Monday, May 31, 2010

Some memory serves well

A couple of years agoe we had a discussion, trying to remember encounter with Ginsberg and Dylan. We each remembered different things in different relief. Kind of like the four gospels, which diverge somewhat. I wrote a version down around 1976 or 1977, that Jan and Val Mazelis ran in Shoreline Erosion, which I have altered since then to be more a flat out prose poem. Because it was nearer the event I take it to be possibly accurate. Last summer when I saw Dave in NYC he'd just gotten note from late Allen Ginsberg via a friend who'd he told this story too. Al's advice at end same as start: First thought best thought! I have at times since then this to brood over : Read Chronicles. Where schmucks were parking out on Dylan’s roof - like raccoons - as no doubt he tried to sleep. We weren’t too different. Can’t take back lost time or call as a witness those Wheels on Fire. I wish I’d been less than dumb star infatuated fan. Wish I hadnt told Ginsberg I was 'looking for stardom" First thought is best thought only for pure of heart.


Some Memory Serves Well

If your memory serves you well. We were going to meet again and wait.


This Wheels on Fire. They used to play it on the radio in Milwaukee. And the all of us got excited about that and wanted to go to the East. Where it was Ka-boom! The Atlantic water coast. Turning sky fiery and firebirds ablaze. Where Dylan had been writing this stuff. Him and Allen Ginsberg.

So Jeff and me got a ride – at the college they had ride boards, maps of America, and you’d hook up somehow – in our case ride with a Physics major and was somewhat of the hippy hipster man of the era who ate a lot of candy and who said to us learnedly and secretly ‘in a group orgy whatever feels good: feels good.’ Who knew? We shared a glance and the Physics major eyed the road with hands on the Chrysler’s wheel.

And he drove us to New York and it was a bright day and then was turning toward outta-work time, and we were going down the subway as a million people were coming at us. Crazy working people! New York horde saying ‘get outta my way!’ Walked mistakenly into a then tough Tompkins Square Park. Got out of there. In Washington Square it was:“Here come the cowboys.” Somebody might say – since we did wear cowboy boots and had clear looks of innocence and lostness.

Started worrying about where we were going to sleep. With no place at the moment to stay, we got lost that night - almost stayed in a shelter - but here we were in the big appellation. Tore up our Free Clinic passes, and took our chances. We got lost that night and then found NYU. And it was about 2 am when some great floppy-hatted red-dressed girl met us and took us home. A garret grotto Village pad no less. All she asked was that we buy her pomegranates - something I’d never seen before. She called them Chinese apples. Next day to hook up with Dave and Jim. Who’d been reading the Rolling Stone excerpts of Hunter Thompson’s Fear and Loathing in Las Vegas. We were looking for Dylan. All the time thinking we would find him.
Last night: We were in empty loft, sleeping in sleeping bags on the floor. Down the street from Teddy Roosevelt’s boyhood home. I remember. Heard Crash on the Levee. Dylan’s latest tome. Signal through the ether. It’s king for king and queen for queen the worst old flood anybody’s ever seen. This night, the guy who owns the loft – a photographer of kitchen scenes for advertising - tells us hip places to go. We’d asked. There’s such and such, MacSorley’s on 7th Street. And there’s the place where the factory crowd hands out on 42nd St by the Library. A Mulligans perhaps. So that’s where we go. And we get there. And there’s Allen Ginsberg! Our old friend.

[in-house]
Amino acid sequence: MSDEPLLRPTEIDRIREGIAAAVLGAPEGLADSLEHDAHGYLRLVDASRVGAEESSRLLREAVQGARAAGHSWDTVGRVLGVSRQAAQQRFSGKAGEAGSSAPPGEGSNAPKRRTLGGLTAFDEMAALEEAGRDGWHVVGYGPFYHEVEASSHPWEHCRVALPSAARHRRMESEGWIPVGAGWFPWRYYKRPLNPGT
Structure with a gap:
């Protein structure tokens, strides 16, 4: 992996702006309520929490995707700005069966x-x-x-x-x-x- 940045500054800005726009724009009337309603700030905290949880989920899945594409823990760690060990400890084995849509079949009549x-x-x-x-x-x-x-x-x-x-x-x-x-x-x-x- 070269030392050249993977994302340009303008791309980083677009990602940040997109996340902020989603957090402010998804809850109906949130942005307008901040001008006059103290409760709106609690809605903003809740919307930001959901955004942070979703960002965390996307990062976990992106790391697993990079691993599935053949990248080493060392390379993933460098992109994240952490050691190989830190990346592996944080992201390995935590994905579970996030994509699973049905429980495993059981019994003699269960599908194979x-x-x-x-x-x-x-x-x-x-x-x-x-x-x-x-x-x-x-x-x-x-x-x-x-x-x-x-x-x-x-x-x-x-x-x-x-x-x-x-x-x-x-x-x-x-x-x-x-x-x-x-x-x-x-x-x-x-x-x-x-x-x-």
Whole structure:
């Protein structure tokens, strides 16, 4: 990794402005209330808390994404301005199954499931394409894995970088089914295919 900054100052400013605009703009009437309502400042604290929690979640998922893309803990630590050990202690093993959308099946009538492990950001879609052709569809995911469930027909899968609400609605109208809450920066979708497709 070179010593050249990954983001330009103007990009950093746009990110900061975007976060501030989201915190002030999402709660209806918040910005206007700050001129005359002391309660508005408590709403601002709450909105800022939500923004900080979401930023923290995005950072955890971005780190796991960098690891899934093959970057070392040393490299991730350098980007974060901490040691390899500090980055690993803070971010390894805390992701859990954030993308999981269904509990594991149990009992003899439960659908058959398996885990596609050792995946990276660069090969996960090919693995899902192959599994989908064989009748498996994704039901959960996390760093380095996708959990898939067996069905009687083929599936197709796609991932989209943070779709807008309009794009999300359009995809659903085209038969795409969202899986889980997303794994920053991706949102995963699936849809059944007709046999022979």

Well we’d seen him in Madison. We chatted about the Velvet Underground. We saw him the very night just before too. Driving downabout 8th St in our International. I saw him on the sidewalks. I said Hey I just saw Allen Ginsberg getting in a cab.
Nooo! Couldn’t be

No I’m sure. I’m sure it’s him.

So we slow down and let his cab come upside us. Down on Flaming 8th St. - And when his cab is next to us, we speed up, align, and say:

Hey Al, you want to write a poem?

And he leans forward, opens front window of cab - back ones don’t open then. Yeah, he says whadya want?
We’re hipsters from Wisconsin and
We want to write a poem!

He says:
8th St.
red lights
blinking in my eyeballs

And Dave says

for a break
And then Ginsberg asks what we’re doing.

And I say: Looking for stardom.
And he says: Look to your heart. And his cab takes a left .

Now Ginsberg is sitting on a chair. The only thing you see there down the long expanse of Irish stew and Miller beer bar. And we go in right past him. We must have been drinking beer on the way and thus it was straight –straight to the men’s room. But there in the booth with him more than a bit hidden is Dylan. I see him as we’re moving past. And as Dave is at the urinal, I hit him on the back, Hit him as hard as I can saying Dylan’s in there. And him and Jeff and him look at me .

Are you kidding?
No I am not.

We run of coursed into the booth next to them. Start looking over our shoulders some. Dylan and Ginsberg are talking with Russian poets just in town maybe at Carnegie Hall. Ginsberg as ever is talking about breath control and Dylan is laughing.

Dylan’s leaving, right? We all get up to leave too. As they leave – cant wonder why - we grab their beer bottles, and I peel off the Miller slogan for my collection.

Follow him to the door, with Ginsberg and the Russian poets. Dave says: Bob, you want to write a song? Dylan says: Nooooo…

So all a sudden we’re all getting waltzed out.
Ginsberg asks: You know who that was?
He embraces all. Except me. I shake hands. And he says: Boy I wish I was as smart as he is.
THAT WAS THE NIGHT and we saw Dylan in New York.

Monday, May 24, 2010

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